The question here is what could you do or undo if you have a less than stellar credit score? The good news is that you could raise your score fairly quickly and reasonably and without financial risk. And it won’t take you years. The following tips are things that you could do to increase your score in around 30 to 60 days.
As Mark Twain once put it the important thing is to get started. And the secret to getting started is to break up big, complex, tasks into small, manageable ones and then start on the first one. So having said that, what’s the first small one that could get you started?
Get your credit reports and check for errors
A study released two years ago by the Federal Trade Commission reported that roughly 20% of us have errors in our credit reports. You need to get your reports from the three credit reporting bureaus – Experian, TransUnion and Equifax – and then go over them with a fine-tooth comb. Are there purchases you don’t remember having made? Are there companies listed you don’t believe you ever did business with? How about that account that was written off? Was that even your account? If you find errors like this you need to dispute them. The way you do this is by writing a letter to the appropriate credit bureau with whatever documentation you have to back up your claim. The credit bureau will contact the institution(s) that provided the information and ask it to verify it. In the event the company can’t verify it or doesn’t respond within 30 days, the credit bureau must remove the item from your credit report. If you find several errors and get them removed this should improve your credit score significantly.
Write the credit bureau
If there is a company that incorrectly reported you had made a late payment you need to contact it and ask that it remove the information. In fact, if the late payment was incorrectly reported or you simply forgot to pay a bill when you’re usually 100% on time, you should be able to negotiate to get the company to remove the late payment from your credit reports.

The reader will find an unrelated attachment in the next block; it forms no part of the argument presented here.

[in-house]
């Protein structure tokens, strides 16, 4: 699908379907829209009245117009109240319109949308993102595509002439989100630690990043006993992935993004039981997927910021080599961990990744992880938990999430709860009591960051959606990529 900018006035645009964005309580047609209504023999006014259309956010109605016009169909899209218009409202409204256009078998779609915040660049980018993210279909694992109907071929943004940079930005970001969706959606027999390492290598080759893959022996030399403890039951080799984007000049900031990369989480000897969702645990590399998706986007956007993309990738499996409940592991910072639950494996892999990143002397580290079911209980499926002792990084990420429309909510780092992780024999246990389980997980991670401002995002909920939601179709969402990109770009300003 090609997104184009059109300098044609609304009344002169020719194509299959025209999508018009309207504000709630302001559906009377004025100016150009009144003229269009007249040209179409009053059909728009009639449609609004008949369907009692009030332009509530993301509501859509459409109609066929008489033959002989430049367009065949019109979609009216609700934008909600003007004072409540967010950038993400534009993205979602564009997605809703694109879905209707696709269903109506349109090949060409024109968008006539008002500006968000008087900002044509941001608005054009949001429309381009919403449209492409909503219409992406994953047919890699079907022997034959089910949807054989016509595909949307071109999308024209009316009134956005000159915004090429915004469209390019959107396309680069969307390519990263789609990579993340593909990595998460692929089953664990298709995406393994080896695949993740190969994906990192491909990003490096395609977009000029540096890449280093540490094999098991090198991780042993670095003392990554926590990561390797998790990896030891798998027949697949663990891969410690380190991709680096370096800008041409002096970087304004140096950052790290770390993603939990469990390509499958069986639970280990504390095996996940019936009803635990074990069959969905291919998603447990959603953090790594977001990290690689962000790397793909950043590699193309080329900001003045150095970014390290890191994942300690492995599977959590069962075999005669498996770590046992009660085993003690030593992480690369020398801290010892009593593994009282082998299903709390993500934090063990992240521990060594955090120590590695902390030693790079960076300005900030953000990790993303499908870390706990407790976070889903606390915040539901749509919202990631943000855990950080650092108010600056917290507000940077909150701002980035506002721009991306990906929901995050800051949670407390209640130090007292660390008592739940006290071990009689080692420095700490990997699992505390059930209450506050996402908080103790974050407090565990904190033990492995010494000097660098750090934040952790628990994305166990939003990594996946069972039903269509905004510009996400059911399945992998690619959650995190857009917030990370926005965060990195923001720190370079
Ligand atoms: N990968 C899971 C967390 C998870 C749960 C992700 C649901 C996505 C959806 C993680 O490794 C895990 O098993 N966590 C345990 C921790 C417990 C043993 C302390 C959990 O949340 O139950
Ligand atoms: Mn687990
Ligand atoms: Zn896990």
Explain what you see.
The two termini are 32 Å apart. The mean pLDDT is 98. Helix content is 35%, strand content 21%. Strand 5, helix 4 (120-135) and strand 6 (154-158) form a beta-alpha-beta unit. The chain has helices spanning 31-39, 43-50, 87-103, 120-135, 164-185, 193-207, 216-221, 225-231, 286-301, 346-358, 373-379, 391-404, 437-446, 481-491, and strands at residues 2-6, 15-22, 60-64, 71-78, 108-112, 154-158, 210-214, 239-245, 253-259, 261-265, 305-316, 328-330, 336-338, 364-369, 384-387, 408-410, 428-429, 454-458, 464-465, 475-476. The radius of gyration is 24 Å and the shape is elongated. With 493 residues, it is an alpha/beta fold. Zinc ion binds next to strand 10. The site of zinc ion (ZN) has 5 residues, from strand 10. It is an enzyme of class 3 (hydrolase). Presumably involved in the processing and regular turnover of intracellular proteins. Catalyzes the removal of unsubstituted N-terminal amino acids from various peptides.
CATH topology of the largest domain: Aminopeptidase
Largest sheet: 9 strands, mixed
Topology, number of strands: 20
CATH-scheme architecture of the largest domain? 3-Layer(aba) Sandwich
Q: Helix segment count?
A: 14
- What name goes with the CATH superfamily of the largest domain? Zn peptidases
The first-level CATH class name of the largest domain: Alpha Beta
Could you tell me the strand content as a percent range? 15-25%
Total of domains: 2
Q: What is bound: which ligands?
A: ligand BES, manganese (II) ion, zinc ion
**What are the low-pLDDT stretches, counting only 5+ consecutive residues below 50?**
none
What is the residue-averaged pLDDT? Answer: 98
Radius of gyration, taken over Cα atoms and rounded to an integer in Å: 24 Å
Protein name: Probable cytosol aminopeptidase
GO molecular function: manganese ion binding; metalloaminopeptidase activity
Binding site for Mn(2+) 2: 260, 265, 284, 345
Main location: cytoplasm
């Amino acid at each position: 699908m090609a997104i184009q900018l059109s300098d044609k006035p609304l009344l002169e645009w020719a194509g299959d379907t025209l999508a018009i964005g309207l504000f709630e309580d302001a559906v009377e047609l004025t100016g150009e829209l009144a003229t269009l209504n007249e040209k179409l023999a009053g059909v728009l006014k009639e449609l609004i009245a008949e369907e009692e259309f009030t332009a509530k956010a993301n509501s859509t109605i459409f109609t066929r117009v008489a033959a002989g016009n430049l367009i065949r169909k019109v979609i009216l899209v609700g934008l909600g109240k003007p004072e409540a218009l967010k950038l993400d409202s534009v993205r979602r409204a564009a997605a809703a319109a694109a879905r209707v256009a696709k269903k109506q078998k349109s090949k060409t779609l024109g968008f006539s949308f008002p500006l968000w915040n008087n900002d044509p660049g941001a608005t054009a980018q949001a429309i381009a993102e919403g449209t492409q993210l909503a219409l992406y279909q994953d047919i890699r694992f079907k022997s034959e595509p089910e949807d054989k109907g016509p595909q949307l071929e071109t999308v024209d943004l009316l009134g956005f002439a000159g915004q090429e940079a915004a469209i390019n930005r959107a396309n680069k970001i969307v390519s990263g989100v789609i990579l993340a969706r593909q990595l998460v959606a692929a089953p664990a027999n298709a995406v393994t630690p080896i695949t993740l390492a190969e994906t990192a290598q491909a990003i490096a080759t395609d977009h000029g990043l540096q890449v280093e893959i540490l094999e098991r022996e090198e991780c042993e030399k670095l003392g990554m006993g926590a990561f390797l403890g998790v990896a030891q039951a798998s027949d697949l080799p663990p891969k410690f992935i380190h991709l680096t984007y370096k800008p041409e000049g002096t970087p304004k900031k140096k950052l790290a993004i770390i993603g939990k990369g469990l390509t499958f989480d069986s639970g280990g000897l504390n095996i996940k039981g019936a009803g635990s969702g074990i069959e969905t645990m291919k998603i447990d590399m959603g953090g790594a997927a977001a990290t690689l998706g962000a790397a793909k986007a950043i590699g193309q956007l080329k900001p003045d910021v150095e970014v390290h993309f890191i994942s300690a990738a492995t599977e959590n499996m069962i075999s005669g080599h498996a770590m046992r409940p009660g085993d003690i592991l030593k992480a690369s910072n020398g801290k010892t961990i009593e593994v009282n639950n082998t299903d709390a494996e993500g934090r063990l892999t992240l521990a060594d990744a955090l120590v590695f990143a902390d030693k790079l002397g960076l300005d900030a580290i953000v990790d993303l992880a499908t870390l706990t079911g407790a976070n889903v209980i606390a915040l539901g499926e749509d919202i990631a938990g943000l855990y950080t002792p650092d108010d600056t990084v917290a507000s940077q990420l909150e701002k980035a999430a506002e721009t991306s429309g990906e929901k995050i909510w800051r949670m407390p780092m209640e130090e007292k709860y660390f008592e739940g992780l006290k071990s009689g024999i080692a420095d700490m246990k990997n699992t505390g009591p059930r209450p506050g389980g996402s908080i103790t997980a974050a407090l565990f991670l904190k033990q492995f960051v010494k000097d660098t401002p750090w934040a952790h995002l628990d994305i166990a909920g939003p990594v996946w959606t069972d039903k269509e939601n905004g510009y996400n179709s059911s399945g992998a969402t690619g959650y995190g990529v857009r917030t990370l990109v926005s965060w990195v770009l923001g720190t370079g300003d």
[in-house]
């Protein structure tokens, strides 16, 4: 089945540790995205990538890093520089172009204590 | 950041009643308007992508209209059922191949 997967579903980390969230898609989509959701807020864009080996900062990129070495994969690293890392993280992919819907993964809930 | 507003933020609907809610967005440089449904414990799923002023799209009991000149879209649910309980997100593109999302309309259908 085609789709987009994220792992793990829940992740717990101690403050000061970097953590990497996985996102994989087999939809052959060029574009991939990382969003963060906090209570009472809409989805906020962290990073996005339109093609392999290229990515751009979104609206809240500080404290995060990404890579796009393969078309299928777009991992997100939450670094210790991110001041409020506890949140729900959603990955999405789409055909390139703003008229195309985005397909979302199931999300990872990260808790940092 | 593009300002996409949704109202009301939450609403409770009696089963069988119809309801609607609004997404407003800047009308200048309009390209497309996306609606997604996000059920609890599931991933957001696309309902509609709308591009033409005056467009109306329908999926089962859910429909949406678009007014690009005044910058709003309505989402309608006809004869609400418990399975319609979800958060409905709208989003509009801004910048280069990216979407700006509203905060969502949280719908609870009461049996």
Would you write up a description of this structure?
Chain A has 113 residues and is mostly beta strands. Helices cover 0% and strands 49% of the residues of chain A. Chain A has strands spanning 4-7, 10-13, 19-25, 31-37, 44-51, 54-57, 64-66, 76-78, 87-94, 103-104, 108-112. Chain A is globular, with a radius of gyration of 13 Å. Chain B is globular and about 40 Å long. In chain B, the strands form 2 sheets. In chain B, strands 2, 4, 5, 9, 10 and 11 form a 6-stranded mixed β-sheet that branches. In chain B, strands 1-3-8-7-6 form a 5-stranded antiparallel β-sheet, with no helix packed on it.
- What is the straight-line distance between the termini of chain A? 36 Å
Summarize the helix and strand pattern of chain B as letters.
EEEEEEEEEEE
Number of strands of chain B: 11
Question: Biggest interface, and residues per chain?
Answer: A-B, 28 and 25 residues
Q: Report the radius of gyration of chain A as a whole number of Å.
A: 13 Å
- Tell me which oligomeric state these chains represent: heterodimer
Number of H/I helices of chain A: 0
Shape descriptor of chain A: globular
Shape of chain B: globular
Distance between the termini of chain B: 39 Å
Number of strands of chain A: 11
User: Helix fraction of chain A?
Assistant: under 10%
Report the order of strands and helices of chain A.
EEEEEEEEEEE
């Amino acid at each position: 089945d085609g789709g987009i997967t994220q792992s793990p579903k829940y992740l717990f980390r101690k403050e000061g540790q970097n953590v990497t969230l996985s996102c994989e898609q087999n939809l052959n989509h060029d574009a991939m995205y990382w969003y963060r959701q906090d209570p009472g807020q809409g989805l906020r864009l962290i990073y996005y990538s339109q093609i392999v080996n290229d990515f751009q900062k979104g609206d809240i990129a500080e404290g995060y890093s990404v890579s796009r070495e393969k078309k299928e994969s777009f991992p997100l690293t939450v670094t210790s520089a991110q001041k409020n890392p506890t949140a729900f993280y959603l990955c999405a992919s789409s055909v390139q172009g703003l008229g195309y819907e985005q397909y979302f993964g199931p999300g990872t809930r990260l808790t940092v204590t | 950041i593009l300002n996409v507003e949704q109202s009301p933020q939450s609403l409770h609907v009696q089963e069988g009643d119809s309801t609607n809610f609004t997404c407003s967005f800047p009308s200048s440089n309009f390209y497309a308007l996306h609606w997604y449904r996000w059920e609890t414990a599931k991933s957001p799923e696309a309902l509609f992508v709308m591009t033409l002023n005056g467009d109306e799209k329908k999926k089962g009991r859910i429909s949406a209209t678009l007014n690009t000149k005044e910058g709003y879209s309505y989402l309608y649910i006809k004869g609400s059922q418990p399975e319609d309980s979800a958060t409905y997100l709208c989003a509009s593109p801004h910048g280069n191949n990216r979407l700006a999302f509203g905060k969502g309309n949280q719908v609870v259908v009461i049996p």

Work on your debt-to-credit ratio
A full 30% of your credit score is based on your credit utilization or debt-to-credit ratio. This is calculated by dividing the amount of credit you have available into the amount you’ve used. As an example of this, suppose you have $10,000 in available credit and have used only $2000 of it. This would yield a debt-to-credit ratio of 20%, which would be quite good. Conversely if you had used up $5000 of that $10,000 your debt-to-credit ratio would be 50%, which would definitely be having a negative effect on your credit score. You need to sit down and calculate your debt to-credit ratio. If it’s about 35% or more there are two ways to quickly improve it. The first is to pay off some of your debts and the second is to get more credit. If paying off some of your debts isn’t doable you might be able to get an increase in the limit on one of your credit cards or open a new one to improve your credit-to-debt ratio. This can be a bit risky if you start using that card so the best thing to do is put it away in a drawer somewhere and forget you have it.
Whenever you apply for any type of credit, whether it’s a credit card, an auto loan or mortgage you’ll face a credit inquiry. Too many of these inquiries in a short amount of time and the credit bureaus may ding your credit score. Any time you apply for a new card or an increase in the limit on one of your existing cards this will result in what’s called a “credit pull” and may decrease your credit score. However, it is good to have multiple forms of credit on your credit reports, such as a credit card, an auto loan and a revolving line of credit, as this shows potential lenders you can successfully handle different types of credit simultaneously. Plus, this accounts for 10% of your credit score.
Settle any delinquencies and then get proactive
Did you know that the bank might report your payment as delinquent even if it’s fewer than 30 days late? Of course, this varies from credit card issuer to credit card issuer and will also depend on your borrowing behavior. Some issuers will hold off on reporting an account as delinquent until it’s 60 days late. In this case, being 30 days late will have no effect on your credit score since your credit report will show no late payment. If you do find delinquencies in your credit reports it’s important to get them settled. This means contacting the creditor or creditors to discuss what you would need to do to eliminate them.
Once you’ve settled any delinquencies get proactive by setting up automatic payments. You may be able to do this through your bank. If not, almost all lenders have ways for you to pay them automatically. This avoids the possibility of accidentally missing payments and removes the brain damage of having to remember to make multiple payments on different days of the month.
Build lifelong habits
Probably the biggest secret to getting and keeping a good credit score is to treat it as a sort of game. It’s a serious game and will require both tactics and strategies. But if you approach the task of managing your credit seriously and begin staying on top of your debts, your credit limits, your balances and your due dates, you will eventually develop habits that will make it easy for you to successfully manage your finances for the rest of your life.